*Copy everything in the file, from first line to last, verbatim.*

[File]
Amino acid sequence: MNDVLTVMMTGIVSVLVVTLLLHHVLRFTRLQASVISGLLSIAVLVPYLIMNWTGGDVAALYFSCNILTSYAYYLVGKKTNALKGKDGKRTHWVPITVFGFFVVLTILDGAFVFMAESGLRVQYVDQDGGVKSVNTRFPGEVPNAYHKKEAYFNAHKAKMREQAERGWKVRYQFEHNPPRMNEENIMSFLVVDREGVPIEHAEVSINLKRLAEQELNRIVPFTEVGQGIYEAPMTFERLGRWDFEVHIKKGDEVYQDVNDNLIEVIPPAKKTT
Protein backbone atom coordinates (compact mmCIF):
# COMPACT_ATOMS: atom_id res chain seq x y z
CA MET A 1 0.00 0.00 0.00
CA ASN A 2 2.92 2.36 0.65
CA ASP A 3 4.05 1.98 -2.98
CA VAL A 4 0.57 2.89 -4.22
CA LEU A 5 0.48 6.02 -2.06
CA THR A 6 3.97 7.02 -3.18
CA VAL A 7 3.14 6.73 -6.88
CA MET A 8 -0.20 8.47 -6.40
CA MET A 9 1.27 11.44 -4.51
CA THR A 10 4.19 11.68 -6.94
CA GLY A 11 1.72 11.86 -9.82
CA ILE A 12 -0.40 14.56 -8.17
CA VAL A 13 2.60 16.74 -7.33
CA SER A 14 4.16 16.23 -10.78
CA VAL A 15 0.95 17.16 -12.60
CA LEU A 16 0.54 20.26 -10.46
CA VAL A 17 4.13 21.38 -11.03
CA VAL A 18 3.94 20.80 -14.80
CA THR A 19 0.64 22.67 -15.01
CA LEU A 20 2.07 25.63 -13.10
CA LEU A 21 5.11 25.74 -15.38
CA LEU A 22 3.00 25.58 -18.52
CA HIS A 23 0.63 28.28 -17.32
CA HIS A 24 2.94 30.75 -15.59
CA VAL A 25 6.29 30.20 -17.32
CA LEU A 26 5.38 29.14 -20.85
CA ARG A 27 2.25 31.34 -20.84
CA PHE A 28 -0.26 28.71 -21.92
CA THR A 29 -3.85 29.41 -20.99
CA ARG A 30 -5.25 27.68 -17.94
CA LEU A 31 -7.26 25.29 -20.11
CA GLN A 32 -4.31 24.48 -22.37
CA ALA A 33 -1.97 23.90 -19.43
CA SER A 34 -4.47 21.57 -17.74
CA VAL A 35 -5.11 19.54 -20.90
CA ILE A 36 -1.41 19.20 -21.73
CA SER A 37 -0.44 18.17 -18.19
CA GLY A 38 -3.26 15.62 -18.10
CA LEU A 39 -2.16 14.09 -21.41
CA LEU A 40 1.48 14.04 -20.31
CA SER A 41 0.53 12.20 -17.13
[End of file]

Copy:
Amino acid sequence: MNDVLTVMMTGIVSVLVVTLLLHHVLRFTRLQASVISGLLSIAVLVPYLIMNWTGGDVAALYFSCNILTSYAYYLVGKKTNALKGKDGKRTHWVPITVFGFFVVLTILDGAFVFMAESGLRVQYVDQDGGVKSVNTRFPGEVPNAYHKKEAYFNAHKAKMREQAERGWKVRYQFEHNPPRMNEENIMSFLVVDREGVPIEHAEVSINLKRLAEQELNRIVPFTEVGQGIYEAPMTFERLGRWDFEVHIKKGDEVYQDVNDNLIEVIPPAKKTT
Protein backbone atom coordinates (compact mmCIF):
# COMPACT_ATOMS: atom_id res chain seq x y z
CA MET A 1 0.00 0.00 0.00
CA ASN A 2 2.92 2.36 0.65
CA ASP A 3 4.05 1.98 -2.98
CA VAL A 4 0.57 2.89 -4.22
CA LEU A 5 0.48 6.02 -2.06
CA THR A 6 3.97 7.02 -3.18
CA VAL A 7 3.14 6.73 -6.88
CA MET A 8 -0.20 8.47 -6.40
CA MET A 9 1.27 11.44 -4.51
CA THR A 10 4.19 11.68 -6.94
CA GLY A 11 1.72 11.86 -9.82
CA ILE A 12 -0.40 14.56 -8.17
CA VAL A 13 2.60 16.74 -7.33
CA SER A 14 4.16 16.23 -10.78
CA VAL A 15 0.95 17.16 -12.60
CA LEU A 16 0.54 20.26 -10.46
CA VAL A 17 4.13 21.38 -11.03
CA VAL A 18 3.94 20.80 -14.80
CA THR A 19 0.64 22.67 -15.01
CA LEU A 20 2.07 25.63 -13.10
CA LEU A 21 5.11 25.74 -15.38
CA LEU A 22 3.00 25.58 -18.52
CA HIS A 23 0.63 28.28 -17.32
CA HIS A 24 2.94 30.75 -15.59
CA VAL A 25 6.29 30.20 -17.32
CA LEU A 26 5.38 29.14 -20.85
CA ARG A 27 2.25 31.34 -20.84
CA PHE A 28 -0.26 28.71 -21.92
CA THR A 29 -3.85 29.41 -20.99
CA ARG A 30 -5.25 27.68 -17.94
CA LEU A 31 -7.26 25.29 -20.11
CA GLN A 32 -4.31 24.48 -22.37
CA ALA A 33 -1.97 23.90 -19.43
CA SER A 34 -4.47 21.57 -17.74
CA VAL A 35 -5.11 19.54 -20.90
CA ILE A 36 -1.41 19.20 -21.73
CA SER A 37 -0.44 18.17 -18.19
CA GLY A 38 -3.26 15.62 -18.10
CA LEU A 39 -2.16 14.09 -21.41
CA LEU A 40 1.48 14.04 -20.31
CA SER A 41 0.53 12.20 -17.13